Senior Citizens

Service Connection: Senior citizens in Chicago can connect with the Chicago Senior Services Hotline during business hours at (312)-744-4016, or by emailing Aging@CityofChicago.org.

If you are concerned on behalf of a senior citizen, request a well-being check by calling 311 or file an online service request at this link.

Senior Centers: Senior citizens can find warm shelter during cold weather at Senior Centers.

  • Central West Center 
    • 2102 W. Ogden Avenue
    • (312)746-5300
    • 8:30 a.m. -4:30 p.m., Mon-Fri
  • Northeast (Levy) Senior Center
    • 2019 W. Lawrence Avenue
    • (312)744-0784
    • 8:30 a.m. -4:30 p.m., Mon-Fri
  • Northwest (Copernicus) Senior Center
    • 3160 N. Milwaukee Avenue
    • (312)744-6681
    • 8:30 a.m. -4:30 p.m., Mon-Fri
  • Renaissance Court
    • 78 E. Washington
    • (312)744-4550
    • 10:00 a.m.-5:00 p.m., Mon-Fri
  • Southeast (Atlas) Senior Center
    • 1767 E. 79th Street 
    • (312)747-0189  
    • 8:30 a.m. -4:30 p.m., Mon-Fri
  • Southwest Center
    • 6117 S. Kedzie Avenue
    • (312)747-0440
    • 8:30 a.m. -4:30 p.m., Mon-Fri

If you are experiencing homelessness and need legal assistance, call the CCH Law Project at 1 (800) 940 – 1119.

Satellite Locations:
  • Abbott Park Satellite Senior Center
    • 49 East 95th Street
    • (312)745-3493
    • 8:30 a.m. -4:00 p.m., Mon-Fri
  • Auburn Gresham Satellite Senior Center
    • 1040 West 79th Street
    • (312)745-4797
    • 8:30 a.m. -4:30 p.m., Mon-Fri
  • Austin Satellite Senior Center
    • 5071 W. Congress Parkway
    • (312)743-1538
    • 8:30 a.m. -4:30 p.m., Mon-Fri
  • Chatham Satellite Senior Center
    • 8300 S. Cottage Grove
    • (312)745-0401
    • 8:30 a.m. -4:30 p.m., Mon-Fri
  • Edgewater Satellite Senior Center
    • 5917 N. Broadway 60660
    • (312)742-5323
    • 8:30 a.m. -4:30 p.m., Mon-Fri
  • Englewood Satellite Senior Center
    • 653-657 West 63rd Street
    • (312)745-3328
    • 8:30 a.m. -4:30 p.m., Mon-Fri
  • Garfield Ridge Satellite Senior Center
    • 5674B South Archer Avenue
    • (312)745-4255
    • 8:30 a.m. -4:30 p.m., Mon-Fri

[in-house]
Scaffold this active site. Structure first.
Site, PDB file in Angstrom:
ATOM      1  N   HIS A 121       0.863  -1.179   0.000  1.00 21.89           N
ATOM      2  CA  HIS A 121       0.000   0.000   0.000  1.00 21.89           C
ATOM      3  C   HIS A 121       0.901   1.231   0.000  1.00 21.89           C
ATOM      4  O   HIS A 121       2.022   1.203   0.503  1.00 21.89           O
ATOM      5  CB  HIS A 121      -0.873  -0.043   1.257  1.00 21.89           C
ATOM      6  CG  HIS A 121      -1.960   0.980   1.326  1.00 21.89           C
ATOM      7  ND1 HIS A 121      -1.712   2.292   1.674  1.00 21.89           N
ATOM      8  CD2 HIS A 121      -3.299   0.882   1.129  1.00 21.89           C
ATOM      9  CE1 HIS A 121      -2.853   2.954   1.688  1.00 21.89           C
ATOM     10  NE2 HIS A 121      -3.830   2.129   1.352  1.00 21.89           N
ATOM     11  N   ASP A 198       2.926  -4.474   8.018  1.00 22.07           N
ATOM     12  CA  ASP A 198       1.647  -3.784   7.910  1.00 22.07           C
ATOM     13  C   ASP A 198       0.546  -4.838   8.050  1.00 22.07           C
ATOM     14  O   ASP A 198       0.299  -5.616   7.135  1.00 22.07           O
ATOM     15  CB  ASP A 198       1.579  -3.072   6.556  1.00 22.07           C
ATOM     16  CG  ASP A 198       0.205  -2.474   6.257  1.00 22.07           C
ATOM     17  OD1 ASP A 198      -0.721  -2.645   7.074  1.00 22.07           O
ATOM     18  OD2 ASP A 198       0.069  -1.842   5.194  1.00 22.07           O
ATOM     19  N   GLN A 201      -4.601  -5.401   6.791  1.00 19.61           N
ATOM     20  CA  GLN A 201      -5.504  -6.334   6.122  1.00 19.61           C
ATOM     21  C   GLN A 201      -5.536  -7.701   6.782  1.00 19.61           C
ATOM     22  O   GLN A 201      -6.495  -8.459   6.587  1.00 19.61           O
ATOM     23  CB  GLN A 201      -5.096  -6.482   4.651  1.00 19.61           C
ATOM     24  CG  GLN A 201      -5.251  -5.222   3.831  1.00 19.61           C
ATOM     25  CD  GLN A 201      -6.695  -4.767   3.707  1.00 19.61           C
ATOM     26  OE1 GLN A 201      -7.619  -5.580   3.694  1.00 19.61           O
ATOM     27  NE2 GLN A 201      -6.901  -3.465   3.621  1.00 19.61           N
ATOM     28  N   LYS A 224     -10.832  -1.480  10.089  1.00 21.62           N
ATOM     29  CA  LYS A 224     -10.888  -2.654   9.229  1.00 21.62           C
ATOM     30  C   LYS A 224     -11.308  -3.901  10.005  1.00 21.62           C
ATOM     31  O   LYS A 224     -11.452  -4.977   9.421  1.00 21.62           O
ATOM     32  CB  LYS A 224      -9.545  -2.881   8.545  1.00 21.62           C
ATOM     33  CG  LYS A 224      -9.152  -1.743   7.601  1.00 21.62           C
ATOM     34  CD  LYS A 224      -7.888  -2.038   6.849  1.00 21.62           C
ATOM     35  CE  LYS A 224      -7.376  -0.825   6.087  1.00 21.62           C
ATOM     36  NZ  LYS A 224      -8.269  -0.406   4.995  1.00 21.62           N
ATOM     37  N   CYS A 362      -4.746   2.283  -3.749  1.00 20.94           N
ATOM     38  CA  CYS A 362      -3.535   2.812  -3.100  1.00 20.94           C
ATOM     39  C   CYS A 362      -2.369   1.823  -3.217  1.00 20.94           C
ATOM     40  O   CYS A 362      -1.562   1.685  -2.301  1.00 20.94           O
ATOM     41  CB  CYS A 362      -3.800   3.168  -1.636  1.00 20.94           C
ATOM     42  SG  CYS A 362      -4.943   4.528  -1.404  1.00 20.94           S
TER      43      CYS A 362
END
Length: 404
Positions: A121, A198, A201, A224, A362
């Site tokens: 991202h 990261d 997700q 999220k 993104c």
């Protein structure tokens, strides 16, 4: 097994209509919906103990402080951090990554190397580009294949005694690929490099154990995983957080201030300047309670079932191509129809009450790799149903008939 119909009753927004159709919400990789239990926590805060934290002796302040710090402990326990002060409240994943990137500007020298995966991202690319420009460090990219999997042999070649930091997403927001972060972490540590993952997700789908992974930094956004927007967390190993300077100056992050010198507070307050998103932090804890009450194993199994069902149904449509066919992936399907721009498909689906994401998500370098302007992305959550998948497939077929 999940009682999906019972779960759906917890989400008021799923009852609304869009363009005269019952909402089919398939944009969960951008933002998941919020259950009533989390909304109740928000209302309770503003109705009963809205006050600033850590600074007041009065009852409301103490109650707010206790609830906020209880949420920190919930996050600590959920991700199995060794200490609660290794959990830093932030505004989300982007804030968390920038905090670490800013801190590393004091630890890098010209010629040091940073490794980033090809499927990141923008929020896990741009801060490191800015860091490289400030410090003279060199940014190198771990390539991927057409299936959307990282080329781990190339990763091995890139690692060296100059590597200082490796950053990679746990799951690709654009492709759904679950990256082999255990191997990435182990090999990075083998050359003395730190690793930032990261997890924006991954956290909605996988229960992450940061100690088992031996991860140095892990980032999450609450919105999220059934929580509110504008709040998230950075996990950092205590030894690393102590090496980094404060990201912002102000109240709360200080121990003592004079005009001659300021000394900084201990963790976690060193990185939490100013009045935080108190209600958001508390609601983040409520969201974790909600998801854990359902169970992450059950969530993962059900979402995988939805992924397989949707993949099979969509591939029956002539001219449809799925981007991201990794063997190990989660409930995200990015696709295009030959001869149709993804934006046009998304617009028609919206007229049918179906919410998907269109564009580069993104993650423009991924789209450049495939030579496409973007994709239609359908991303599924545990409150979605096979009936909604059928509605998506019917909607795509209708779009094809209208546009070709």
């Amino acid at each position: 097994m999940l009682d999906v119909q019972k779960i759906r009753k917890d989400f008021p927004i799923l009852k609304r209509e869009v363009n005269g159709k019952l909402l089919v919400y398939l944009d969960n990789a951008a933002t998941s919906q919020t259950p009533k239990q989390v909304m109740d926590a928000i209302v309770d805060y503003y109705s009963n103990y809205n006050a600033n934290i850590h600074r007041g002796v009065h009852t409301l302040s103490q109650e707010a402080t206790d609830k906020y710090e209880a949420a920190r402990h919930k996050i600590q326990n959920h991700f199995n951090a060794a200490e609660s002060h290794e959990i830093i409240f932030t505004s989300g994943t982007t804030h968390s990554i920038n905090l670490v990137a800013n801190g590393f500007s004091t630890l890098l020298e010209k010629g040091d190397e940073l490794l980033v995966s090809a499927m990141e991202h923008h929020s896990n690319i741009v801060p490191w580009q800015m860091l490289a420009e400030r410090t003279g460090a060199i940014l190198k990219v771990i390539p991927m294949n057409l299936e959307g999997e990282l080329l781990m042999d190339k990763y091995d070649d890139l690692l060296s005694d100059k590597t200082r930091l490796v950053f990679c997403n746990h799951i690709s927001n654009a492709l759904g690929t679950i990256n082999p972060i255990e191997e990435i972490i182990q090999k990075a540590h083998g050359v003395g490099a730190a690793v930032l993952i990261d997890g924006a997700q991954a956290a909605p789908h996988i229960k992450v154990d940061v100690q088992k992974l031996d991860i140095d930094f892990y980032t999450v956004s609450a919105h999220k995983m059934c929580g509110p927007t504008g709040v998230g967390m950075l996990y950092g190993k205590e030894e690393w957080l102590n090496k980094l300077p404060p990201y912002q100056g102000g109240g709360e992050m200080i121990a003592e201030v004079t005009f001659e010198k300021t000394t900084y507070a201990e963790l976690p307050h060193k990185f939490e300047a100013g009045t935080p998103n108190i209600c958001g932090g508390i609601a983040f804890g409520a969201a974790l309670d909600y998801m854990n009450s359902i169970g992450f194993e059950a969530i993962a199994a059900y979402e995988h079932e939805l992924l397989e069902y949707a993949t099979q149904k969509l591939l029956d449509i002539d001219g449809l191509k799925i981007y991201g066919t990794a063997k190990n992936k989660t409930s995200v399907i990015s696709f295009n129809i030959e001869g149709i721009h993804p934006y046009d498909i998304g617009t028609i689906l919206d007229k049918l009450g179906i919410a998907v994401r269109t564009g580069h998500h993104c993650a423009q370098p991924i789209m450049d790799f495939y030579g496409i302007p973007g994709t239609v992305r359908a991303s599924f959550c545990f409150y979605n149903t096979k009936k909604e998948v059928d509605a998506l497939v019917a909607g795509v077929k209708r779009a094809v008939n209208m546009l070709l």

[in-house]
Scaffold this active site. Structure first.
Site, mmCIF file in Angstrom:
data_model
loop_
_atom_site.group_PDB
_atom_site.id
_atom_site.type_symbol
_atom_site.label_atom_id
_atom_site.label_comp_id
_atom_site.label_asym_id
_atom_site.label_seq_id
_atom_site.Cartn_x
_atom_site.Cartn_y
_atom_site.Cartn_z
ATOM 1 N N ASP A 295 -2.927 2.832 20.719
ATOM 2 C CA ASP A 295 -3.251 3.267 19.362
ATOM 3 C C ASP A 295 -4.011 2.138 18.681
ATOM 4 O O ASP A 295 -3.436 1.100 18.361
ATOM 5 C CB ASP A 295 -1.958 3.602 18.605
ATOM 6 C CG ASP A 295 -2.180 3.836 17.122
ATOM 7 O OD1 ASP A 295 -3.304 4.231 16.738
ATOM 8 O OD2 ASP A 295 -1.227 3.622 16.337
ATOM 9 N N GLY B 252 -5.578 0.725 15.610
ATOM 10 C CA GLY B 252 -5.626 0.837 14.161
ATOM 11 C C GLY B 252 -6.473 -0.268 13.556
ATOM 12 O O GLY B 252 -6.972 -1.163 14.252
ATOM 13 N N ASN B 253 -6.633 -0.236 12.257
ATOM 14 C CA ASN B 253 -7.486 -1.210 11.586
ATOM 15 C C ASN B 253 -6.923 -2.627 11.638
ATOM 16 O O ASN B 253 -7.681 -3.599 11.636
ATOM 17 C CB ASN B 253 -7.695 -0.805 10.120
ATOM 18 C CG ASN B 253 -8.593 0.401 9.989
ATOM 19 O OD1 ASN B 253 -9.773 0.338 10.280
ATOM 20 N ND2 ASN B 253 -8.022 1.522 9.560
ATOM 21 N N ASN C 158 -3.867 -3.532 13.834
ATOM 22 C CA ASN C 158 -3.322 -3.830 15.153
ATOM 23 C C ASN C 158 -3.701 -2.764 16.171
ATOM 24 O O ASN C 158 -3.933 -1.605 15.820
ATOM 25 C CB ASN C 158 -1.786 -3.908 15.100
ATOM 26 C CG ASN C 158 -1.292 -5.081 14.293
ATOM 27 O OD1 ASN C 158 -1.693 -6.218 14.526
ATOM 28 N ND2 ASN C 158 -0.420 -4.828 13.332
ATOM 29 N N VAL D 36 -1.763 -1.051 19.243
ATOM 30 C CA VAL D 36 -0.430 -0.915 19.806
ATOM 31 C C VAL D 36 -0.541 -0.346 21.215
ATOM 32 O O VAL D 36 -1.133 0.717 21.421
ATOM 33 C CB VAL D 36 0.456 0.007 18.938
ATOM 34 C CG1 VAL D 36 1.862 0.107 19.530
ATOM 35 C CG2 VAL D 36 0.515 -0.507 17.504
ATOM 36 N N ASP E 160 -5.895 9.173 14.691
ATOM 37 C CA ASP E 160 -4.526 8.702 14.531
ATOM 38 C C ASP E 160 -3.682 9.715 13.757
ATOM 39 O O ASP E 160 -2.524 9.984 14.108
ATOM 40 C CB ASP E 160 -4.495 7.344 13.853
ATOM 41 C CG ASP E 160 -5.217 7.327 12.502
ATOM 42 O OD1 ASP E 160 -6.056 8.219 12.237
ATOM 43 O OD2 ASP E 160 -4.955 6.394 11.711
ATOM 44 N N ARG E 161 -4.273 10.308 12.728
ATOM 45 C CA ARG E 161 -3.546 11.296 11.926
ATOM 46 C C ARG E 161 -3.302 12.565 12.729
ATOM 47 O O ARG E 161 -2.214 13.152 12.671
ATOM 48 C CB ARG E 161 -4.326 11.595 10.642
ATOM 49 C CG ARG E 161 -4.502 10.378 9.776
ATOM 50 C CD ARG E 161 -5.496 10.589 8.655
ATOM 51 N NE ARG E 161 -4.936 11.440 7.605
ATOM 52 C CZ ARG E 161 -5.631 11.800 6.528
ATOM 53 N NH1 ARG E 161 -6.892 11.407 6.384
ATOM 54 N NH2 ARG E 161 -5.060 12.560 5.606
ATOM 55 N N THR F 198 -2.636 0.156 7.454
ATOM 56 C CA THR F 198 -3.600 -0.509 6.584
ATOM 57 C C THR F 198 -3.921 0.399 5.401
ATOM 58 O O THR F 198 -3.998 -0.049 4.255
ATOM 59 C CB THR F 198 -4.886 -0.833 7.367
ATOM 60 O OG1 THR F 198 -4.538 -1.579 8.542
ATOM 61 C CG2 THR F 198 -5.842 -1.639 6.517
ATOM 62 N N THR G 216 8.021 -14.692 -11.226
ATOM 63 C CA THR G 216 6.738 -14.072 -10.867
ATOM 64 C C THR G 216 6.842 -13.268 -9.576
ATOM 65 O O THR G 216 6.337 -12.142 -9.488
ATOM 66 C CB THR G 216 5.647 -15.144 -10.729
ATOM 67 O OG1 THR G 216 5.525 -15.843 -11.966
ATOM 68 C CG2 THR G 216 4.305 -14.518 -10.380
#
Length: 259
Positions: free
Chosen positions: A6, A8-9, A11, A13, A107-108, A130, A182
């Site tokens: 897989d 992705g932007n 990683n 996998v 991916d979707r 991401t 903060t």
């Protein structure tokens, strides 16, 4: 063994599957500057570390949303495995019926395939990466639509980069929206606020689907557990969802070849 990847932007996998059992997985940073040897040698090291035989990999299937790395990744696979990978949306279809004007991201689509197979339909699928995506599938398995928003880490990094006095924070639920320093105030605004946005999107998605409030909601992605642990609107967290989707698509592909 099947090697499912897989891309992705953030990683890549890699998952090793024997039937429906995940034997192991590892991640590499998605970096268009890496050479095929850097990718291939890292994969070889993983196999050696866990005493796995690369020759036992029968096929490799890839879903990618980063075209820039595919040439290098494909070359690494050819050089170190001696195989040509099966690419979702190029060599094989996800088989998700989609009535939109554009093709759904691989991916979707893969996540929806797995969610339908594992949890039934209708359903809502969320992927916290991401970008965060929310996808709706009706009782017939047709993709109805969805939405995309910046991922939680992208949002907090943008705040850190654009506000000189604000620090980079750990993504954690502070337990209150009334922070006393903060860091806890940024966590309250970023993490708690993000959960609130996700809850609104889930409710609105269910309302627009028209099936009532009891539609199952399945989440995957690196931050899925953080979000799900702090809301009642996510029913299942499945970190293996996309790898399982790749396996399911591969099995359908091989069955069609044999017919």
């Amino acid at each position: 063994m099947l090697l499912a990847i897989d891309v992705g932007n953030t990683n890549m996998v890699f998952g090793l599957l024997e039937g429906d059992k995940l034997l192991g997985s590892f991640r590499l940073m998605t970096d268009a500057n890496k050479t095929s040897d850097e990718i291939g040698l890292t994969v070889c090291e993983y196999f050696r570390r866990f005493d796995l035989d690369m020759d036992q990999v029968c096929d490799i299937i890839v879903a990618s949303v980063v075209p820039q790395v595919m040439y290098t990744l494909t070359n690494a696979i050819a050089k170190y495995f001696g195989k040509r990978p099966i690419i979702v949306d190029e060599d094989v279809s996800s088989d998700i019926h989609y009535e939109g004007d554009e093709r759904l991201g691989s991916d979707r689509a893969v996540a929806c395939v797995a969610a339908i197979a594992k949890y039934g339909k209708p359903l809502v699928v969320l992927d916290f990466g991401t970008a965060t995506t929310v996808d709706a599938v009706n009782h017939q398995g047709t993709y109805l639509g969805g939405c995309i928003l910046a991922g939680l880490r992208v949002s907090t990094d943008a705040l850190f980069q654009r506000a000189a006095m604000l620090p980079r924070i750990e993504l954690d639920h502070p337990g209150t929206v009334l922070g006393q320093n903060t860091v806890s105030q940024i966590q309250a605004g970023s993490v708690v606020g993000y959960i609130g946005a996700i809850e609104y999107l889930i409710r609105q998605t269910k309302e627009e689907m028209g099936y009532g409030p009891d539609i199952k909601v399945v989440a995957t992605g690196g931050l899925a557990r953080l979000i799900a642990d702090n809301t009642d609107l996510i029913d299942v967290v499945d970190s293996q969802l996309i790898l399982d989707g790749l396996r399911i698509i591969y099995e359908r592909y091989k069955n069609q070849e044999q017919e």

• Kelvyn Park Satellite Senior Center
    • 2715 N. Cicero Avenue
    • (312)744-3799
    • 8:30 a.m. -4:30 p.m., Mon-Fri
  • North Center Senior Satellite
    • 4040 N. Oakley 60618
    • (312)744-4015
    • 8:30 a.m. -4:30 p.m., Mon-Fri
  • Norwood Park Senior Satellite
    • 5801 N. Natoma
    • (773)775-6071
    • 8:30 a.m. -4:30 p.m., Mon-Fri
  • Pilsen Satellite Senior Center
    • 2021 South Morgan
    • (312)743-0493
    • 8:30 a.m. -4:30 p.m., Mon-Fri
  • Portage Park Satellite Senior Center
    • 4100 North Long 60641
    • (312)744-9022
    • 8:30 a.m. -4:30 p.m., Mon-Fri
  • Roseland Satellite Senior Center
    • 10426 South Michigan Avenue
    • (312)745-1500
    • 8:30 a.m. -4:30 p.m., Mon-Fri
  • South Chicago Satellite Center
    • 9233 South Burley 
    • (312)745-1282
    • 8:30 a.m. -4:30 p.m., Mon-Fri
  • West Town/Logan Square Satellite Senior Center
    • 1615 West Chicago Avenue
    • (312)743-1016
    • 8:30 a.m. -4:30 p.m., Mon-Fri

If you are experiencing homelessness and need legal assistance, call the CCH Law Project at 1 (800) 940 – 1119.

Latino News: ‘Doubling Up’ Homelessness: An Invisible Crisis

A cartoon girl sits in front of a brick wall with a suitcase and briefcase near her.

By Jacqueline Cardenas (Latino News), December 15 2023

Over 68,000 Chicagoans are experiencing homelessness, and nearly 45,000 of them live doubled-up, according to a 2023 estimated data report from the Chicago Coalition For The Homeless. Out of nearly 20,000 Latinx people experiencing homelessness, 91% are in doubled-up situations, according to the report.

Research suggests that members of the Latinx community who lived doubled-up have been undercounted in homelessness data because multigenerational living is a common practice.

The Latino Policy Forum and Illinois Latino News (ILLN) are partnering to create a 2-year long public awareness campaign that will illuminate the most common form of homelessness experienced in the Latinx community, which is through ‘doubling-up’ or when a person temporarily lives with others.